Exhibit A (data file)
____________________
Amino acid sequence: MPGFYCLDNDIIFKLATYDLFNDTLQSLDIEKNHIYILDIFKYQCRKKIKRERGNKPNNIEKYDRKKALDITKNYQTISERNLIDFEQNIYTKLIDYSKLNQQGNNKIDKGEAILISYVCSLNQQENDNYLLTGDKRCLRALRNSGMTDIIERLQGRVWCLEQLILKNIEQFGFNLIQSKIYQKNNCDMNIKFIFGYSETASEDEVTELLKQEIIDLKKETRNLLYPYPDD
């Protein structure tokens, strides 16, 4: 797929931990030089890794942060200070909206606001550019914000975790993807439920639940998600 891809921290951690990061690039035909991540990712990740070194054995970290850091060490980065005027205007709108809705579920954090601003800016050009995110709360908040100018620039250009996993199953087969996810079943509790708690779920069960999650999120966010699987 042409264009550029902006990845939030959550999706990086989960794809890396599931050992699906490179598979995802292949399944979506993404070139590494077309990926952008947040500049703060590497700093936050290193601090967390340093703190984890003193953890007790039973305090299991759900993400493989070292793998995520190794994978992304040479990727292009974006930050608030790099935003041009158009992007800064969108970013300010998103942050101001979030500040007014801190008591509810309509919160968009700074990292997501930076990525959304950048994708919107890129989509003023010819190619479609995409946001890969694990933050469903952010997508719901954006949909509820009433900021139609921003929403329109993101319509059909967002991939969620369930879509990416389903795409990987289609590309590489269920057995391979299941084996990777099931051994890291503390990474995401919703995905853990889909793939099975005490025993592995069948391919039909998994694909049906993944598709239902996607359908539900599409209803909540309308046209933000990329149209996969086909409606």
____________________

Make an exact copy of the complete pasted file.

Amino acid sequence: MPGFYCLDNDIIFKLATYDLFNDTLQSLDIEKNHIYILDIFKYQCRKKIKRERGNKPNNIEKYDRKKALDITKNYQTISERNLIDFEQNIYTKLIDYSKLNQQGNNKIDKGEAILISYVCSLNQQENDNYLLTGDKRCLRALRNSGMTDIIERLQGRVWCLEQLILKNIEQFGFNLIQSKIYQKNNCDMNIKFIFGYSETASEDEVTELLKQEIIDLKKETRNLLYPYPDD
């Protein structure tokens, strides 16, 4: 797929931990030089890794942060200070909206606001550019914000975790993807439920639940998600 891809921290951690990061690039035909991540990712990740070194054995970290850091060490980065005027205007709108809705579920954090601003800016050009995110709360908040100018620039250009996993199953087969996810079943509790708690779920069960999650999120966010699987 042409264009550029902006990845939030959550999706990086989960794809890396599931050992699906490179598979995802292949399944979506993404070139590494077309990926952008947040500049703060590497700093936050290193601090967390340093703190984890003193953890007790039973305090299991759900993400493989070292793998995520190794994978992304040479990727292009974006930050608030790099935003041009158009992007800064969108970013300010998103942050101001979030500040007014801190008591509810309509919160968009700074990292997501930076990525959304950048994708919107890129989509003023010819190619479609995409946001890969694990933050469903952010997508719901954006949909509820009433900021139609921003929403329109993101319509059909967002991939969620369930879509990416389903795409990987289609590309590489269920057995391979299941084996990777099931051994890291503390990474995401919703995905853990889909793939099975005490025993592995069948391919039909998994694909049906993944598709239902996607359908539900599409209803909540309308046209933000990329149209996969086909409606």